Review: 'Summerland' tells soft tale that aims for heart

Gemma Arterton stars in British WWII-era tale

Adam Graham
Detroit News Film Critic

A reclusive, cantankerous writer opens her home to a young boy in "Summerland." Will he get her to open her heart, too? It's as sure a bet as a character in this British drama dismissing another with a curt "bugger off."  

Writer-director Jessica Swale makes up in sweetness what her tale lacks in surprises. "Summerland" goes where you expect it to with few detours on the way, but its performances and its overall air of grace carry it over its well-worn storytelling humps. 

Gemma Arterton in "Summerland."

Gemma Arterton is Alice, a writer in a small town town in Kent who keeps to herself and is taunted by local children for her hermit-like ways. She just wants to be alone with her typewriter and her memories of her long lost lover, Vera (Gugu Mbatha-Raw), the last person to whom she was able to open up.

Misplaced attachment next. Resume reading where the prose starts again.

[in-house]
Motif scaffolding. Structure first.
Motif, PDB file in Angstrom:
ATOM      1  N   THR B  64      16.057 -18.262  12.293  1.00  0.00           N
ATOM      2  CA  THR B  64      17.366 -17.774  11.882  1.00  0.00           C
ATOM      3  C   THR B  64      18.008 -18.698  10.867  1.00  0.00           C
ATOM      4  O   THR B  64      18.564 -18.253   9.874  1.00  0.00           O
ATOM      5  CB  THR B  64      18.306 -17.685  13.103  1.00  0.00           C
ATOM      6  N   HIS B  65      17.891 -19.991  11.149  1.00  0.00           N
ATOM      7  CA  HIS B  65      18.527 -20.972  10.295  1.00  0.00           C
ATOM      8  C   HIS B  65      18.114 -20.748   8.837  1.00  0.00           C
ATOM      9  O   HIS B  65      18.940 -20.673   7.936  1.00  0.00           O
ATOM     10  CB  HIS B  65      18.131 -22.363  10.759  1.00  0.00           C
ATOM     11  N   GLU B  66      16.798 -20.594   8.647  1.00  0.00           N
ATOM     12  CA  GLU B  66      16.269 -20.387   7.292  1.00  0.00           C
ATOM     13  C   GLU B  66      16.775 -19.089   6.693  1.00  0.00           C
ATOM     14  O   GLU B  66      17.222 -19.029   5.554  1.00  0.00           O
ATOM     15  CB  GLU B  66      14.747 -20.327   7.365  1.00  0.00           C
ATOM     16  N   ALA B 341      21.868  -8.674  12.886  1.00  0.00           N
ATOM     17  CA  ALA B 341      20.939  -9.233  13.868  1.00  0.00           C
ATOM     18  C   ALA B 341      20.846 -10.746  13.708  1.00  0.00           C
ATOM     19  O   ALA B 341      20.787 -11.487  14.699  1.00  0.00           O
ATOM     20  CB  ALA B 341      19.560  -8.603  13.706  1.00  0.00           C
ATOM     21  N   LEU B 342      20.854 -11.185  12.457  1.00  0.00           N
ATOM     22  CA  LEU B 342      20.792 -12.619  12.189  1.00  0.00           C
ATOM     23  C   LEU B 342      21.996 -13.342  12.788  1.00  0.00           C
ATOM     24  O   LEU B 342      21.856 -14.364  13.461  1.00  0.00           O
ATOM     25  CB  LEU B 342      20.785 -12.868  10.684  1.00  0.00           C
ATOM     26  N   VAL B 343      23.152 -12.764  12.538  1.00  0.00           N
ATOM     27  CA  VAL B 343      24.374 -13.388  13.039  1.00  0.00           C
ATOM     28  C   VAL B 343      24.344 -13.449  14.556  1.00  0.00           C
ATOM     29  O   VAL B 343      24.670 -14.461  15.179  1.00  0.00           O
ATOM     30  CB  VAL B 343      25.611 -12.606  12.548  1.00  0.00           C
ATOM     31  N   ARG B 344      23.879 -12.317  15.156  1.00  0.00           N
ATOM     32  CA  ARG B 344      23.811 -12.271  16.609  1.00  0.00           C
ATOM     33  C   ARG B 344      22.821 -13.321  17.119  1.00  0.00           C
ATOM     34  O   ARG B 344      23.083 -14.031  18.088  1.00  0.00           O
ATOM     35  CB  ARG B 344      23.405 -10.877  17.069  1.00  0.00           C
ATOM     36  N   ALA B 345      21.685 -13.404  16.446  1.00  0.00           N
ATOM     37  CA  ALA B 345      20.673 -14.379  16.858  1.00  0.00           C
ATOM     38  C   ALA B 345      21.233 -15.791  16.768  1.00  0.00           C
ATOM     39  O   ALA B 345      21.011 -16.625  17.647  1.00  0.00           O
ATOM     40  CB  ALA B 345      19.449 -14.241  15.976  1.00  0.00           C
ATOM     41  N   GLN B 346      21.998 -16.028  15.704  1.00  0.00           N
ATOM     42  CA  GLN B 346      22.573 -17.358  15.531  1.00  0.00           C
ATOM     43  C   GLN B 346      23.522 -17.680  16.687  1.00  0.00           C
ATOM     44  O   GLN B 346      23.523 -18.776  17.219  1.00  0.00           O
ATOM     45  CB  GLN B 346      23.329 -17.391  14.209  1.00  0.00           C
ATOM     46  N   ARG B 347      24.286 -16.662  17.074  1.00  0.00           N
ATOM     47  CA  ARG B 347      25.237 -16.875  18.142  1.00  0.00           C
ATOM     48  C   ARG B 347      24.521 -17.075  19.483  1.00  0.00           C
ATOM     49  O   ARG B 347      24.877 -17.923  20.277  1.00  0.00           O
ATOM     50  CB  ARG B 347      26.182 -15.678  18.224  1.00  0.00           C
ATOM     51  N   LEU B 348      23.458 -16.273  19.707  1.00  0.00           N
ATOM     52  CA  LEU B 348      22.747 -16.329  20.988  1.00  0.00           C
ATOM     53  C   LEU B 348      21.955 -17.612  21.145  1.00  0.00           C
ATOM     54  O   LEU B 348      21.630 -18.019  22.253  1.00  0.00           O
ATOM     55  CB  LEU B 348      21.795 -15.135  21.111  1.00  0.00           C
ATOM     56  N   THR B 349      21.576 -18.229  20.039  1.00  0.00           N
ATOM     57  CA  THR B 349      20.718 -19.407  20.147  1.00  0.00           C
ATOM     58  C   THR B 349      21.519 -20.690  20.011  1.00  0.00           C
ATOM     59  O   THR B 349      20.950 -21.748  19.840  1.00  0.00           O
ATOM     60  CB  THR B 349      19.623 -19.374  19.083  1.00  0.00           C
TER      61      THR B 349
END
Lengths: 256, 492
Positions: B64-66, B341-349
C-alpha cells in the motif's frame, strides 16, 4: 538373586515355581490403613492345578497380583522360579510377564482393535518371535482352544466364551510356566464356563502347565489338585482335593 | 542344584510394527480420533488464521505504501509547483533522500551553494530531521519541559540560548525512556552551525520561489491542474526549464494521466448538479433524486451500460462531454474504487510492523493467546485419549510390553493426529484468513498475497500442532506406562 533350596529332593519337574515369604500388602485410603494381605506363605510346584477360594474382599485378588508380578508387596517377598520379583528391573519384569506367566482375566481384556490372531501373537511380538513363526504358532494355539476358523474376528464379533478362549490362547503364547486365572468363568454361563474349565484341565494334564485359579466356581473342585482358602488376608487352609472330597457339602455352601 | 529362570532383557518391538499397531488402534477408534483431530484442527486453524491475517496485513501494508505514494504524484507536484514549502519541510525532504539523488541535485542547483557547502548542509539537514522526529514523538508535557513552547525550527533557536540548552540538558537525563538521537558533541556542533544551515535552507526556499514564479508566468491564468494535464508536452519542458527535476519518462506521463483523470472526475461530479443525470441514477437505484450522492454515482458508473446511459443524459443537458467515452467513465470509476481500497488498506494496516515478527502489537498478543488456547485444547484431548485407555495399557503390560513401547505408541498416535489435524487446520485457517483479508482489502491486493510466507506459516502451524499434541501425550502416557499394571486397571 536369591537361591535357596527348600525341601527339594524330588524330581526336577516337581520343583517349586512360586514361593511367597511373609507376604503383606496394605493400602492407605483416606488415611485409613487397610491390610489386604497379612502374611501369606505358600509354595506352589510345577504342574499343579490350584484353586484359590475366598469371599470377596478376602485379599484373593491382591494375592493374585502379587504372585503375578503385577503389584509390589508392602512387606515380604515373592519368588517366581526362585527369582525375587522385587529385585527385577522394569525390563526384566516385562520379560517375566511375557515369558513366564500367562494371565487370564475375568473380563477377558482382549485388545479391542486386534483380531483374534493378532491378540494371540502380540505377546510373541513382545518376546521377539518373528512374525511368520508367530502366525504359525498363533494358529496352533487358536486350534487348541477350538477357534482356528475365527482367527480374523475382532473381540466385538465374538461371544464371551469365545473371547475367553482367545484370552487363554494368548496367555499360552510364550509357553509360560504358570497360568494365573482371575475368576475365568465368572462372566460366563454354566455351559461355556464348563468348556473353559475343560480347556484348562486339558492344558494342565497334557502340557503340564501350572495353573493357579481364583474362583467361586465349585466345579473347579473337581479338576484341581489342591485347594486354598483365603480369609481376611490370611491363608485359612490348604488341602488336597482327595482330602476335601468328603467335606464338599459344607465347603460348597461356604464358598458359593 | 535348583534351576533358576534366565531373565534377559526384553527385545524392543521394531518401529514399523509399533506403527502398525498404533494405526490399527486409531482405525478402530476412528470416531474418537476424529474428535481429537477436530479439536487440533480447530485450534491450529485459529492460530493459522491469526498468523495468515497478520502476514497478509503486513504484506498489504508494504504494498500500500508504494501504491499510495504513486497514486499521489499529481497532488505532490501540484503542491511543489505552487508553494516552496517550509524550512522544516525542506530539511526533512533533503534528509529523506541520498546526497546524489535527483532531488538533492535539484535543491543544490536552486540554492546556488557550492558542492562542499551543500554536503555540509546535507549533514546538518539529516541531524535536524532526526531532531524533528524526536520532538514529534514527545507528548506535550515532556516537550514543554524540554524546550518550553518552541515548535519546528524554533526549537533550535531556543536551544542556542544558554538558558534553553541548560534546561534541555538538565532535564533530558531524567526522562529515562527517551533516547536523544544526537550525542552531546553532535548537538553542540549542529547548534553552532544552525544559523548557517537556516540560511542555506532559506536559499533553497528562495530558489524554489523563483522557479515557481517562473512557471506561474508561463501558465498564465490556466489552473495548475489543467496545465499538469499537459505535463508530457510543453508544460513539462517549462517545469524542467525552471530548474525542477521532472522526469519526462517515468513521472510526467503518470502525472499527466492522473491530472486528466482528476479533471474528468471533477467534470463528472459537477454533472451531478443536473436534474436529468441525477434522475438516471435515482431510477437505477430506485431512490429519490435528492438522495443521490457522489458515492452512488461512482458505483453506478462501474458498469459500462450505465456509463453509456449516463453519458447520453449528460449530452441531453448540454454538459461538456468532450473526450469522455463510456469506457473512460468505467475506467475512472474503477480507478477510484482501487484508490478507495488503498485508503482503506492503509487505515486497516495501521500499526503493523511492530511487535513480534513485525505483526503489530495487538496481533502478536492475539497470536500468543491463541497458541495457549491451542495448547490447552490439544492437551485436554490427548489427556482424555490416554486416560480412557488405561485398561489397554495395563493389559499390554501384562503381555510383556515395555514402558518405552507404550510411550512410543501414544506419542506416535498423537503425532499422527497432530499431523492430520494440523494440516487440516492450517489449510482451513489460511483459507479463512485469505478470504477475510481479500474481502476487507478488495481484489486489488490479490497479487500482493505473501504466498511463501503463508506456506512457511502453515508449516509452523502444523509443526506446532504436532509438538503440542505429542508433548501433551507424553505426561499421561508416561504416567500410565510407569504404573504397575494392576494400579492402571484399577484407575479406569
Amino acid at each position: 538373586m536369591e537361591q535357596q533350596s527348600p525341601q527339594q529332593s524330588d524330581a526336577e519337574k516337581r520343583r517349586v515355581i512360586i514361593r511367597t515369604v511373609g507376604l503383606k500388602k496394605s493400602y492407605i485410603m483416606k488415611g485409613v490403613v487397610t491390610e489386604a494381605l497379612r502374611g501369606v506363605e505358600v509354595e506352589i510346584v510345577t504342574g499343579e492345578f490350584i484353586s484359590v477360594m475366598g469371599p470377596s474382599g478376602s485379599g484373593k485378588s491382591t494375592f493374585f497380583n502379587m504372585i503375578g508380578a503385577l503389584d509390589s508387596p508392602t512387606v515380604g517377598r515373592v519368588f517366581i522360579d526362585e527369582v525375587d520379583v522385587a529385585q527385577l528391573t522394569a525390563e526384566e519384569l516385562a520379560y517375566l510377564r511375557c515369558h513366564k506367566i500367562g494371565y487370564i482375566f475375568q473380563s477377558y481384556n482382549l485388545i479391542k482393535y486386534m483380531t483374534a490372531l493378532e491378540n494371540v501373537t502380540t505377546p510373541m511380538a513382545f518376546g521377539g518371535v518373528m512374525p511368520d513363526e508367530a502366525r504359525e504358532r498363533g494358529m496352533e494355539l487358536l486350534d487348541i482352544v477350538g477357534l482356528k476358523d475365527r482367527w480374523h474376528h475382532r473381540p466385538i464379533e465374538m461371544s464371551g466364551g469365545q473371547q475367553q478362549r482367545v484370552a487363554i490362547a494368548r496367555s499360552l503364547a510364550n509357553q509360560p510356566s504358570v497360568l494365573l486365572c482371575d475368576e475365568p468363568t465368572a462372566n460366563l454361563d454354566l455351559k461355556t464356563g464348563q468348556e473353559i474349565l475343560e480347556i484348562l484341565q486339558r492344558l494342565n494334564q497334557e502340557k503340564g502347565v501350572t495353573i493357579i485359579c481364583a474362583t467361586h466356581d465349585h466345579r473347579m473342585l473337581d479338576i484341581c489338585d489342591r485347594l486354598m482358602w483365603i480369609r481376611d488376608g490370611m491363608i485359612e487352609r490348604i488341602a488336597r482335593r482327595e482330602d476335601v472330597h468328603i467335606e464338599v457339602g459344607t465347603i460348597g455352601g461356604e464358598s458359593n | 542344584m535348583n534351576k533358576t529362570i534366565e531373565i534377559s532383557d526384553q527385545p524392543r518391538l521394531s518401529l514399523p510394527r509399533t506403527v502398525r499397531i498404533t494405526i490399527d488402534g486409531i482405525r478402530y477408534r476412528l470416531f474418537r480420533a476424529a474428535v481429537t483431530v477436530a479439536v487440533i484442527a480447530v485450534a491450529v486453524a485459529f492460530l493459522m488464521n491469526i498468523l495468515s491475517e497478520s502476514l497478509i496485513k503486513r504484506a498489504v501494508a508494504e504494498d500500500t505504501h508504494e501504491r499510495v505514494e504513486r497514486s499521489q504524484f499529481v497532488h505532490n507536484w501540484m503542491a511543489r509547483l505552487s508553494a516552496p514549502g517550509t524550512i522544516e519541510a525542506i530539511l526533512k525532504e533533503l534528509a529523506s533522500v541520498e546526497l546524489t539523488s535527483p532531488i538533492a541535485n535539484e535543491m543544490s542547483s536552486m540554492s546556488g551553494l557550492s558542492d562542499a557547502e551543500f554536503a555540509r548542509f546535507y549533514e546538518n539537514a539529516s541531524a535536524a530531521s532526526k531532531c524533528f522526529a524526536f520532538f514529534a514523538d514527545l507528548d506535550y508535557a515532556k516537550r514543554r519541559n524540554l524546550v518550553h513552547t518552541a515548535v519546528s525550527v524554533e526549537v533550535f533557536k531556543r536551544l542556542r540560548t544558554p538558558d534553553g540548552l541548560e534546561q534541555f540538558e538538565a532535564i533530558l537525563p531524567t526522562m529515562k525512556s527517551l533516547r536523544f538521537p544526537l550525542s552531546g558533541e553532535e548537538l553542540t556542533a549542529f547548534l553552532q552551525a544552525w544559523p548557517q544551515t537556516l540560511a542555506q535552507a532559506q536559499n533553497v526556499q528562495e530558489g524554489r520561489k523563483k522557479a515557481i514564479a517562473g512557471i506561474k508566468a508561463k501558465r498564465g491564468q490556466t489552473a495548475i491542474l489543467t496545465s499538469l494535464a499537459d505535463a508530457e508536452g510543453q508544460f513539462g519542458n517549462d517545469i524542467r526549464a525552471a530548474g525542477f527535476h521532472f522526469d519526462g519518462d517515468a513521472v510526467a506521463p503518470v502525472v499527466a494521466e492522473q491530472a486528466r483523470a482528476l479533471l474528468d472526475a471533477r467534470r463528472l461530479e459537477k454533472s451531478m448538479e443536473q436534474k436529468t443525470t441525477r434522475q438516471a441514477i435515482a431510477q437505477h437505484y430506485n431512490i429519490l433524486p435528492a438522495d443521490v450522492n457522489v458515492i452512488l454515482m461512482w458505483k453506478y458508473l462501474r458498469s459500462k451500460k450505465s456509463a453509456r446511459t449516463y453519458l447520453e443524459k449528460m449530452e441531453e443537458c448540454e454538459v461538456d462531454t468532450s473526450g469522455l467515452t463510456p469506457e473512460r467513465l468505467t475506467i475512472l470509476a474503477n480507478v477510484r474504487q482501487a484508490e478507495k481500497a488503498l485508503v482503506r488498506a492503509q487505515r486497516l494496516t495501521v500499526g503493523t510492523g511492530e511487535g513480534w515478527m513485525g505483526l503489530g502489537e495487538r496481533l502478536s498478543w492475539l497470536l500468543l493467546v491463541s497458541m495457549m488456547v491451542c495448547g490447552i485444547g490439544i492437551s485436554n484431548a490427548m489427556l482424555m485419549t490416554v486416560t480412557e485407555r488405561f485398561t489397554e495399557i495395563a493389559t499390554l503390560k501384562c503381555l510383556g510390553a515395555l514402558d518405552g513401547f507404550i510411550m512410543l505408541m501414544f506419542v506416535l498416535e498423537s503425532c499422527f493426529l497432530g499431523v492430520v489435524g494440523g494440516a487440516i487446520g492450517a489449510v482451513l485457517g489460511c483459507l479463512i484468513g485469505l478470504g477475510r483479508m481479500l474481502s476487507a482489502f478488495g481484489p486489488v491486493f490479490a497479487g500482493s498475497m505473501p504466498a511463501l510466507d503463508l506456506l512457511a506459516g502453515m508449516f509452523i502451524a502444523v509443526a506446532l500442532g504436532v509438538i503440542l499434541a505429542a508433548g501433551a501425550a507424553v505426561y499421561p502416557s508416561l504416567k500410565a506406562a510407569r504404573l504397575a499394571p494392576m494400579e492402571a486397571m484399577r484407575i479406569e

It's WWII, and as part of the war effort, children are evacuated from London where conditions are unsafe. One day Frank (Lucas Bond), a young schoolboy, is sent to live with Alice, and Alice reluctantly agrees to take him in, just for a week or so. They clash at first — he's full of wonder while she's hardened and tough — but eventually he wears her down and she allows herself to feel again. 

The story takes a turn in its final third that stretches it well past the point of plausibility, but this is a story aiming for the gut, not the mind. 

The period setting and Laurie Rose's lovely photography give "Summerland" a warm glow, and Arterton and Bond lend the story the heart it needs, even as the story trudges familiar ground. The movie eventually finds its summerland, its happy place, its version of heaven. It will take you there, too, if you allow it.




Rated PG: for thematic content, some suggestive comments, language, and smoking

Running time: 100 minutes